SSH Access via Keys


I would like to allow SSH access using authorized_keys can anyone tell me how to do that. I tried to add my public key to ~/.ssh/authorized_keys but it still prompts me for a password when connecting.



Make sure the permissions on the .ssh directory are set to 700 and the authorized_keys file is set to 600

Would be really nice if this was part of groov manage and would be preserved during firmware update, but I imagine most people don’t use it even with the increased security benefits and ease of use.


Thanks for the quick reply. Unfortunately that hasn’t helped.

That is the only change I had to make on my EPIC. You may want to check the sshd_config and verify that pubkeyauthentication is set to yes (or commented, since it is default).

Are you sure you have the public key in the correct format for the authorized_keys file?

(Basically it worked the same as any other linux box, nothing special with the EPIC)

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To add to Philip’s response, I was also able to get keys working on both EPIC and RIO, but I did make a mistake with the format of the authorized_keys file (it should be one line. See below.)

For future reference, here’s exactly what I did and where I messed up to get access keys working with PuTTY running on my Windows 11 PC.

  1. Generate the key pair on the client system (PC).

  2. Carefully put the public key in the SSH server (groov device).

  3. Set the client (PuTTY) to use the private key when connecting.

  4. Reconnect without user/pass to confirm.

  1. Open up PuTTYgen, just from the start menu, it is installed along with the main PuTTY client.

Leave the parameters at the bottom to the default of “RSA” and 2048 bit key size, and just click “Generate” under Actions.


After that it’ll prompt you to move your mouse around within the “Key” area in the top half for randomness.

Once the key is generated, be sure to save the private key somewhere secure, you can regenerate the public key with it, but so can anyone else, so be mindful where you save / share it.

Don’t close this window yet!

  1. Now, open a session with the SSH server, authenticating with username and password.

You’ll want to add the public key to ~/.ssh/authorized_keys but you need to make sure it goes in as one line. Assuming you’re using the nano text editor, do:

mkdir -p ~/.ssh
nano ~/.ssh/authorized_keys

Now, go back to the PuTTYgen window and copy the entire key.
To avoid partial highlighting, right click and “Select All”, then copy.


CAREFUL → Here is when I messed up.

When I pasted the key into the text file in nano, it entered them as three separate lines (this wouldn’t have happened if I had just used vim, but I digress).
Make sure you remove the newlines so you have ONE line that says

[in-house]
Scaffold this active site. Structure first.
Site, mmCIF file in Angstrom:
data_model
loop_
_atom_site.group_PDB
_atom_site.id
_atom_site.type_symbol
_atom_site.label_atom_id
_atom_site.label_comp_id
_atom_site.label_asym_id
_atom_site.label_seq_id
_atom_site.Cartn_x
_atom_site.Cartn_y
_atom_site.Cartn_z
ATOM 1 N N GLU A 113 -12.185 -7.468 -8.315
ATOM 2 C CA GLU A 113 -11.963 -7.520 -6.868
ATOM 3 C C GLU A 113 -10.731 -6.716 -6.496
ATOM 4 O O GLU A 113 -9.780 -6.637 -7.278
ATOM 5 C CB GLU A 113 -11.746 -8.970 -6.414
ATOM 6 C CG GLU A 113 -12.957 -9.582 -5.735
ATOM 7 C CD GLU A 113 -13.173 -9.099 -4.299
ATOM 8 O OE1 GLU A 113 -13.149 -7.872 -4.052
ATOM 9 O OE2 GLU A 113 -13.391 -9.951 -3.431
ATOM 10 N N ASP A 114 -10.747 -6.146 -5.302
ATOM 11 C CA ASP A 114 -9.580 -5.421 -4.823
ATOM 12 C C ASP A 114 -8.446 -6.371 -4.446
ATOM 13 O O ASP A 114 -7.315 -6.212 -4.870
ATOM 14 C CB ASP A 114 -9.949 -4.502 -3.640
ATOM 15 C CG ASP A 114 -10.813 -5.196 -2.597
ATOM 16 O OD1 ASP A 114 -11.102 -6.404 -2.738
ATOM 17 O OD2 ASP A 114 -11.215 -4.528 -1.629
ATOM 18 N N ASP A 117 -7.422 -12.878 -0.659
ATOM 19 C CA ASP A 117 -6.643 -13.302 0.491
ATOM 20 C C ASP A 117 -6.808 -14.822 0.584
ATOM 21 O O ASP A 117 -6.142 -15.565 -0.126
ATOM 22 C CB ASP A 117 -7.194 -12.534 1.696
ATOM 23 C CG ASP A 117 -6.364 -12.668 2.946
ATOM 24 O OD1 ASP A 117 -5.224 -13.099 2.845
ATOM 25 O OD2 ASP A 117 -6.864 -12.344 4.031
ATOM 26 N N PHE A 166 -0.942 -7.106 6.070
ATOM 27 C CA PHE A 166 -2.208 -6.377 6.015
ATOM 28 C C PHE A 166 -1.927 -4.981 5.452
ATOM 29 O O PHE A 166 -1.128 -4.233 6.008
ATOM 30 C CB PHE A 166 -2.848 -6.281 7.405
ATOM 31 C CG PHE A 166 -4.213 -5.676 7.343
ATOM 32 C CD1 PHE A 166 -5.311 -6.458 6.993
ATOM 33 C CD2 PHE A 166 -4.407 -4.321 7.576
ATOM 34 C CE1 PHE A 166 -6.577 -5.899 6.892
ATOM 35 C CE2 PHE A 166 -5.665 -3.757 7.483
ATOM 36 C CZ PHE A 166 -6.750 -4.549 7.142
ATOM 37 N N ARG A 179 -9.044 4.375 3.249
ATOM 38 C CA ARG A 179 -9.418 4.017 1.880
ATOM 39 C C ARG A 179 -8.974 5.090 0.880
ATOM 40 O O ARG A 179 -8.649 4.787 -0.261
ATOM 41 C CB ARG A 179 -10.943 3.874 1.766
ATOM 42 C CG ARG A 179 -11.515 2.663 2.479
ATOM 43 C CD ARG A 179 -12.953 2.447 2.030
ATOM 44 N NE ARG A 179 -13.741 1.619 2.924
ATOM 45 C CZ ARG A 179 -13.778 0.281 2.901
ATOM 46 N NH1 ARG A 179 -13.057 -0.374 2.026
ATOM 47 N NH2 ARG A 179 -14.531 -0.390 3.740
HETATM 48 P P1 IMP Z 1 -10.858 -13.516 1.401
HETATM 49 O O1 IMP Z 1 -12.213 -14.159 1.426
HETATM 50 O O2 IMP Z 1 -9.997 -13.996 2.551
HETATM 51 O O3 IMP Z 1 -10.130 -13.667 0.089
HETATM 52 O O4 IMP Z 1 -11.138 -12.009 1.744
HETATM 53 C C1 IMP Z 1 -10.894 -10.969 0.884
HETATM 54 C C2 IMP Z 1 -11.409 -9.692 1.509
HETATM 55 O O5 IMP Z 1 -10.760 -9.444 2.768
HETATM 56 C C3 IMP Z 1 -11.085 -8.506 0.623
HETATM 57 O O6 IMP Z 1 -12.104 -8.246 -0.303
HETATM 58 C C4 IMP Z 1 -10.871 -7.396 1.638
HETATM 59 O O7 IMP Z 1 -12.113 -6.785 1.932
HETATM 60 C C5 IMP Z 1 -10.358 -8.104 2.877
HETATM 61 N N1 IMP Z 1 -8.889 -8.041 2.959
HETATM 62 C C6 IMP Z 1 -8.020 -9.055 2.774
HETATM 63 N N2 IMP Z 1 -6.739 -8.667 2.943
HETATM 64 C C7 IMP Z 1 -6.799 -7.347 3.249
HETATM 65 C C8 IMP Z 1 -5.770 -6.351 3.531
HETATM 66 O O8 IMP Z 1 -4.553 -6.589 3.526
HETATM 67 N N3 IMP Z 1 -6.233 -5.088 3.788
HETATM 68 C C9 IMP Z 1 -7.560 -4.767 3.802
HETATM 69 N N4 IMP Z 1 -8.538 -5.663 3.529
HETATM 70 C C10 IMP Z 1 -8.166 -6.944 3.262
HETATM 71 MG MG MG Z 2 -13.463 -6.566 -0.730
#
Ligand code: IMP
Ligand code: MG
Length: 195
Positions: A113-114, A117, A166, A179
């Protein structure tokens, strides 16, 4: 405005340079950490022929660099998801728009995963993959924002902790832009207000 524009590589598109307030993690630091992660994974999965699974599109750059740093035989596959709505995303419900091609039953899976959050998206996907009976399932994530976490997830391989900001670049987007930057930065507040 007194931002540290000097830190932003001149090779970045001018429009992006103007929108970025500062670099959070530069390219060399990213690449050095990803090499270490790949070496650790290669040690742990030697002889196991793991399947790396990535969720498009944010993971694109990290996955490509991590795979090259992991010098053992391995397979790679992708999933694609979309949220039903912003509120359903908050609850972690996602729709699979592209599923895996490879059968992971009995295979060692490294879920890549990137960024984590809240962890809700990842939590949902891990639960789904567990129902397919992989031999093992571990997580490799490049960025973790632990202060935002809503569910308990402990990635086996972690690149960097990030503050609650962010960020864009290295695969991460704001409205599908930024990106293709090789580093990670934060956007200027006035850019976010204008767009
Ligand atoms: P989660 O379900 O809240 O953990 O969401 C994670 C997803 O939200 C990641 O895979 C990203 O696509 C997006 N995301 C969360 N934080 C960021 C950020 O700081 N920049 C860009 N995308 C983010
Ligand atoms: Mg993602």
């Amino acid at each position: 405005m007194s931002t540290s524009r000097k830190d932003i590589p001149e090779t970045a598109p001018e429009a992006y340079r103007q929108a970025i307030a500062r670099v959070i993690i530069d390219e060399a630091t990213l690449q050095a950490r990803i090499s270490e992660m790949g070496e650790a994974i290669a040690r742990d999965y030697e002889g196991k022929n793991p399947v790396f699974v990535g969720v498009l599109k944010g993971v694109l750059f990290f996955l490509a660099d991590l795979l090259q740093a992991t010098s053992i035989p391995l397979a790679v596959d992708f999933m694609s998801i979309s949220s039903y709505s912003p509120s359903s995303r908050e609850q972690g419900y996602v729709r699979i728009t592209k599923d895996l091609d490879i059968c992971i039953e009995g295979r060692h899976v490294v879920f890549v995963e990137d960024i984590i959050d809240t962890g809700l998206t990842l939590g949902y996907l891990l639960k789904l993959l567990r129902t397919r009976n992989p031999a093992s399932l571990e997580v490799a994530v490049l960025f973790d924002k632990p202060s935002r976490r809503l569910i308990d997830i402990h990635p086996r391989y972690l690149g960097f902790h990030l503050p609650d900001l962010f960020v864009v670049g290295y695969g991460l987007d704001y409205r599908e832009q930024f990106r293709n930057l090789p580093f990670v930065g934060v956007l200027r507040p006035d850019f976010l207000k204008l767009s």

ssh-rsa <key> rsa-key-datecode

with just one space between each part.

Once that’s done, save this file, and then, to avoid the issues @philip described, here’s where you do

sudo chmod 700 ~/.ssh
sudo chmod 600 ~/.ssh/authorized_keys
  1. Open up the PuTTY application, enter username@hostname as the hostname.
    The username must match the shell user that you were just logged in as.

On the right expand out “SSH” then “Auth” and go into “Credentials”
Click the Browse button for “Private key file for authentication”. Navigate to where you saved the *.ppk format private key in step 1 and open it.


Finally, come up to the very top category, Session, give this a name under “Saved Sessions” and click save. This will remember both the username and hostname as well as the private key to be used.


Pro tip: if you use this same credential pair, and upload the public key into another device, just load this session, change the user@host, rename session, and save that copy, and you’ll be able to reuse the key without going through step 3 every time.

  1. Now I have one-click login to secure shell on my RIO! I ran through this again on my EPIC and it worked perfectly.

Bonus round, if you know how to / prefer to use Pageant, I tested it and it’ll work here.
If you don’t know what that is, don’t worry about it.

And as always, happy coding.

In my ongoing war to advocate for vim as a text editor instead of nano, here’s step 2 with vim:

mkdir -p ~/.ssh
vim ~/.ssh/authorized_keys

Then individually do:

shift + right click into PuTTY to paste

Because vim is awesome and doesn’t add the newlines like nano does.
For sure vim is horrible when you’re not used to it, the mode shifting and commands are annoying at first. But with those keystrokes exactly, you can’t mess it up!


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Well its predecessor, vi is in the POSIX standard, so I believe that war has already been won. I wonder what nano users think about man page navigation?

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I have this whole ritual / routine I follow every time I update my EPIC:

  1. Apply firmware update
  2. Re-enable shell access
  3. scp my public key up
  4. ssh in, create the .ssh directory, move my key into place
  5. Run visudo, disable password prompts

Only then do I feel like it’s ready to use. :laughing:

Actual tip though: if you’re SSH-ing in from a Mac or Linux workstation with a relatively recent OS on it, you may need to add a bit of configuration to SSH. For my EPICs I need to add this:

Host my-pr1.local
  PubkeyAcceptedAlgorithms +ssh-rsa
  HostkeyAlgorithms +ssh-rsa

Without that it might reject your public key and prompt you for a password even if you’ve done everything else right, depending on how / when you generated your public key.


Amazing! I also fell into the nano additional line break trap.

Thanks for the tip, pubkeyauthentication was indeed commented out.

The default is enabled, so commented out is acceptable.